Michael Dell told PCR last November that Dell has had 11 quarters in a row gaining share in its client business. How important is that client business to Dell today?
We’ve had a consistent growth and share gain. If you take the UK as a case in point, we’ve always had a substantial PC business. In the last year we said we’re going to go back into retail.
We’re investing in resources, people and marketing to develop new partnerships and grow that business. We’re very serious about the PC business, it’s hugely important to Dell.
What is your retail strategy?
We’re being selective. We’re trying to preserve the brand strength we believe we have, particularly around our XPS and Alienware products which have recognition in the industry for innovation. Whoever we select as partners, we want to be able to maintain the brand that we have. It’s not that we don’t want any retailers, it’s actually a positive thing – it’s a partnership. We see what they want from us and we don’t set a goal for one quarter ahead, we set it for two or three years ahead. And with Dell going private in the last couple of years, it’s given us that ability to plan for the long term.
We start that relationship, explore what each other wants, build a plan together and get the business behind it, without rushing to put a product on the shelf. You need to align common goals, marketing, operations and in- store merchandising.
In terms of strategy for our broadline consumer PCs, we’re looking to have a handful of partners and develop long-lasting partnerships with them over time. We’re ready to start small and keep deepening that relationship through trust on both sides and make sure the operations side works. We’re not trying to take on the whole market in one fell swoop, we’re willing to build it up gradually. We don’t see this as a short term thing, it’s a multi-year plan and vision.
As a mid to high-end brand, what’s your etail strategy? Are you conscious of price erosion in the market?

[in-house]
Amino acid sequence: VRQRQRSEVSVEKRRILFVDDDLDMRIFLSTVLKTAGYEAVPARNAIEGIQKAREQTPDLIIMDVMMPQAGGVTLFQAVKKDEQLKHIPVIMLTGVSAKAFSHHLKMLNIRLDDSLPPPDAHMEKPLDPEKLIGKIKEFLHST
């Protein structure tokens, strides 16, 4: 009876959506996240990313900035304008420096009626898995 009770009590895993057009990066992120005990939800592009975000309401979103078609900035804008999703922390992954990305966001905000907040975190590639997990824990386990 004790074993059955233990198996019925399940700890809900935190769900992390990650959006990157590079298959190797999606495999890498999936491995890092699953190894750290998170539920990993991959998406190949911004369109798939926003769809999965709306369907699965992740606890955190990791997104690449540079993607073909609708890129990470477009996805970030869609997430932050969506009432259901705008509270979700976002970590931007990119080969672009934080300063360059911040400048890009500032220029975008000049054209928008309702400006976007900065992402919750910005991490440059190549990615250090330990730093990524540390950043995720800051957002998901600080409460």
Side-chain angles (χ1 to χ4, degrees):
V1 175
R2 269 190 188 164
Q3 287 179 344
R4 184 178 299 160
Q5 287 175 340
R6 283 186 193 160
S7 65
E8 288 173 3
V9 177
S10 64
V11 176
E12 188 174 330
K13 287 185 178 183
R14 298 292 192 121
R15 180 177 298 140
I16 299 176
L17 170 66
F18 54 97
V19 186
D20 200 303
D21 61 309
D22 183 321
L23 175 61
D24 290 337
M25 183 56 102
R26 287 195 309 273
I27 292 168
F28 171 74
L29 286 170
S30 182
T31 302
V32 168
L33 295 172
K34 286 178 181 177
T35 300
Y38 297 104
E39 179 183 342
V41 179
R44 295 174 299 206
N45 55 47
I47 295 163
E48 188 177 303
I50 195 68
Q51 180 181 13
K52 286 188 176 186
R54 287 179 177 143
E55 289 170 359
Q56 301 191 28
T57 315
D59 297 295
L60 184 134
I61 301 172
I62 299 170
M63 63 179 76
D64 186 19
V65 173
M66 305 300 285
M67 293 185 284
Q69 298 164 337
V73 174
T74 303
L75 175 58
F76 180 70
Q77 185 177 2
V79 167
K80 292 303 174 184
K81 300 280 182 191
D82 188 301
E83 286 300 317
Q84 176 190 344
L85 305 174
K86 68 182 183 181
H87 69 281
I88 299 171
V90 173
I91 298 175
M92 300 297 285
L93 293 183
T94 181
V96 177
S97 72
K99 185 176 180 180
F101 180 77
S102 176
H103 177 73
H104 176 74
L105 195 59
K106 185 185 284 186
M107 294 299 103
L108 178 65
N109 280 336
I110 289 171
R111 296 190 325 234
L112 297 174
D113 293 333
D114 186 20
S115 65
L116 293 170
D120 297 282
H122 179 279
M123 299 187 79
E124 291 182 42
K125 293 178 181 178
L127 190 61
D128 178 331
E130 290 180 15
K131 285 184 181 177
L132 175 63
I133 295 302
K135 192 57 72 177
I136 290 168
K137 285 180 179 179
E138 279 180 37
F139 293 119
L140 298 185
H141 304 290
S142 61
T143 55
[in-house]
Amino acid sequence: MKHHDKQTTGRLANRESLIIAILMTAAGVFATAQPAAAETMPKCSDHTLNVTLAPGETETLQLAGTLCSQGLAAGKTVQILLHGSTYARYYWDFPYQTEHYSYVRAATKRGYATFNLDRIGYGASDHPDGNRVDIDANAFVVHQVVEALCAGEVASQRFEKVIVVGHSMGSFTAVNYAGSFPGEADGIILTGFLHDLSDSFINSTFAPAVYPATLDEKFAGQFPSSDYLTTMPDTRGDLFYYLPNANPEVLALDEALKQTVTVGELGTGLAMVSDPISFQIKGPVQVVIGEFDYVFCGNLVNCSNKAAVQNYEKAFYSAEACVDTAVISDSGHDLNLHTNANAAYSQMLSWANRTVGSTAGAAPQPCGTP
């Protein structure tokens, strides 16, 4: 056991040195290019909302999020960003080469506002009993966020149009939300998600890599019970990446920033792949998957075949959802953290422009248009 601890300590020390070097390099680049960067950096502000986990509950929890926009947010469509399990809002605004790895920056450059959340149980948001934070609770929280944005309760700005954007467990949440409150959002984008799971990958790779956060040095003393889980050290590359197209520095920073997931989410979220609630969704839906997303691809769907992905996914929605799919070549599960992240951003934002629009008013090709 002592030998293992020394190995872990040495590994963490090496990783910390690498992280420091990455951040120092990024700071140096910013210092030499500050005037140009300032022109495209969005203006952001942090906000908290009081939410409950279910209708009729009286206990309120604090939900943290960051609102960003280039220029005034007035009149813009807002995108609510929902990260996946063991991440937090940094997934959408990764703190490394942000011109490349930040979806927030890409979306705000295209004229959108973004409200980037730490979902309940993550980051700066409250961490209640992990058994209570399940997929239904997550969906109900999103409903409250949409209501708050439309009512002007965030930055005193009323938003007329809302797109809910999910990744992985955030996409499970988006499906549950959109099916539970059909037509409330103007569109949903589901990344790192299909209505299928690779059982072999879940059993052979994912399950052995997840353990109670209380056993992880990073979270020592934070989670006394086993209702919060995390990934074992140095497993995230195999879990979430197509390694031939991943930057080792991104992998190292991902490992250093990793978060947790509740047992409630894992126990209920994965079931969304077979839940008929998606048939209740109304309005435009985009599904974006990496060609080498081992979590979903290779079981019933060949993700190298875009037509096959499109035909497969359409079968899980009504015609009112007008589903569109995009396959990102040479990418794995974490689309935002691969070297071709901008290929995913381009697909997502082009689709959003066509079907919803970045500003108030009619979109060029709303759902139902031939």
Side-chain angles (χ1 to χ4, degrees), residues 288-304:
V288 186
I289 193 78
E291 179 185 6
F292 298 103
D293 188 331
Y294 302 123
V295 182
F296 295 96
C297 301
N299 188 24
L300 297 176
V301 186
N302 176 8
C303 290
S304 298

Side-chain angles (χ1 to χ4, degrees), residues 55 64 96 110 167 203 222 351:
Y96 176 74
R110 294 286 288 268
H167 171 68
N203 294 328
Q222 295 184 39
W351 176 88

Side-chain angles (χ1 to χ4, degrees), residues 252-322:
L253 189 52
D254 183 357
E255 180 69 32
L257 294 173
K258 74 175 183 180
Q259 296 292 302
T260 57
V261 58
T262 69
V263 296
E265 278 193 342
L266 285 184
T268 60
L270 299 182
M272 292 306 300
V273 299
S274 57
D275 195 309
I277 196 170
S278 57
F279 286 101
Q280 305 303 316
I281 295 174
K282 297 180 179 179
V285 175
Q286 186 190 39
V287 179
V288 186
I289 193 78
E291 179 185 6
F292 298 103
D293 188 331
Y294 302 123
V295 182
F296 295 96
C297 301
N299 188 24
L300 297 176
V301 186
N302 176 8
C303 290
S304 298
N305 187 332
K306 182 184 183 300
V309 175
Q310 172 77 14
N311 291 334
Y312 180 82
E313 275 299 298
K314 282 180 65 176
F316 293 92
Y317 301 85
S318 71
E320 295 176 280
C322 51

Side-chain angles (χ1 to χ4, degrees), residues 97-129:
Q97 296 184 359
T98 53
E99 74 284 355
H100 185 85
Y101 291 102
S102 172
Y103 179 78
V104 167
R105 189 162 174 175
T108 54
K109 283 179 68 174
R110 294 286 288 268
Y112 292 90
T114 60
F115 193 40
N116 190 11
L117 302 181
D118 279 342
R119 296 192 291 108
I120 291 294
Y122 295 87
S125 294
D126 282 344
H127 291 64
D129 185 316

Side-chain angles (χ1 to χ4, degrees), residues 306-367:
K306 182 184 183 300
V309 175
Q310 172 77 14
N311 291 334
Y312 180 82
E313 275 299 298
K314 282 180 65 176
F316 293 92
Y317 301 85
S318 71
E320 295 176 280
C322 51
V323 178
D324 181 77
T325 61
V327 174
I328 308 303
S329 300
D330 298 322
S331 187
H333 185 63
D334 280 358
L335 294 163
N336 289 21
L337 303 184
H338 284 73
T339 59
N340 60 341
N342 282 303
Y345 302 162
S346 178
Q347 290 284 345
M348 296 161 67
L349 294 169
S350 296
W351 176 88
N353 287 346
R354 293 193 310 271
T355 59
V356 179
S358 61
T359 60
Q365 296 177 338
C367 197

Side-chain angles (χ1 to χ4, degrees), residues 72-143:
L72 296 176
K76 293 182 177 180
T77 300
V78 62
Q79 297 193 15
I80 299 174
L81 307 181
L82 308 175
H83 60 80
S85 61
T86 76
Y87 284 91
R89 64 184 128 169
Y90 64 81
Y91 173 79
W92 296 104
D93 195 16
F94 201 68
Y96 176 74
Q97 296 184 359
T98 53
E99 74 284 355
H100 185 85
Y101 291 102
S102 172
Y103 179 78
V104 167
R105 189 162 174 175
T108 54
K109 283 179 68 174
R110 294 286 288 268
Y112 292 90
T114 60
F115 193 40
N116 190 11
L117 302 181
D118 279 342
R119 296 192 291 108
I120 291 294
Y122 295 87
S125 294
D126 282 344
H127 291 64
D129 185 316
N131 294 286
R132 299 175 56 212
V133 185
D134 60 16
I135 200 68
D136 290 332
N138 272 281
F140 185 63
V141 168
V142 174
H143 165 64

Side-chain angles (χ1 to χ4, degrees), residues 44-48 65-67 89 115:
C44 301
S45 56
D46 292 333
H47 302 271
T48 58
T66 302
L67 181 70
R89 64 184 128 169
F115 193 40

We recognise that the world is moving to online. We see it in our direct business – we have a big online side. Is it part of the strategy? Yes. Will we continue to develop it? Yes. Again, we’ll be selective. There are a lot of online sites, some offering incredible breadth like Amazon. Some are a little bit more niche, like Very.co.uk, with a targeted market, and I think that’s great.
We’ll be careful selecting those partners that maintain the brand, the overall economics for the business. It’s a business that has been challenged on maintaining price points, and with consumers it’s a very price- driven business.
Can independent retailers get involved with Dell?
Yes they can. I think in certain areas like gaming there’s rich potential. It’s a market that’s set to grow with catalysts like virtual reality, but gaming is also becoming ever bigger and more mainstream. So I think there is an opportunity there. We’d love to develop it. We’re still early in the stages of developing it, but absolutely there is a place for independent retailers.
It’s Alienware’s 20th anniversary this year. What’s your strategy with this gaming brand and how do you see it changing in light of tech such as virtual reality emerging?
I think the key to it will be the in-store experience. If we put Alienware against notebook xyz, or even a desktop against xyz with nothing beyond that, I think it’s always far more difficult to understand why you would look at an Alienware machine. When you look at true gaming machines with VR headsets and the demos, the games being played and the accessories around it that dovetail with that system, that experience really shows the mass market what you can get out of a machine like that.
So I think the challenge for all of us – Dell, as well as the retail industry – is how do we bring that to life? And how do we show to core gamers, who understand these things, why they should be looking at an Alienware machine, rather than it being a bit faster or with more memory?
For retailers, we spoke about the price point challenge where we see steady erosion. There are some things that can arrest that, and I think gaming is the big one. There are others as well – 2-in-1s, touch etc.
What share of the UK retail market does Dell hold?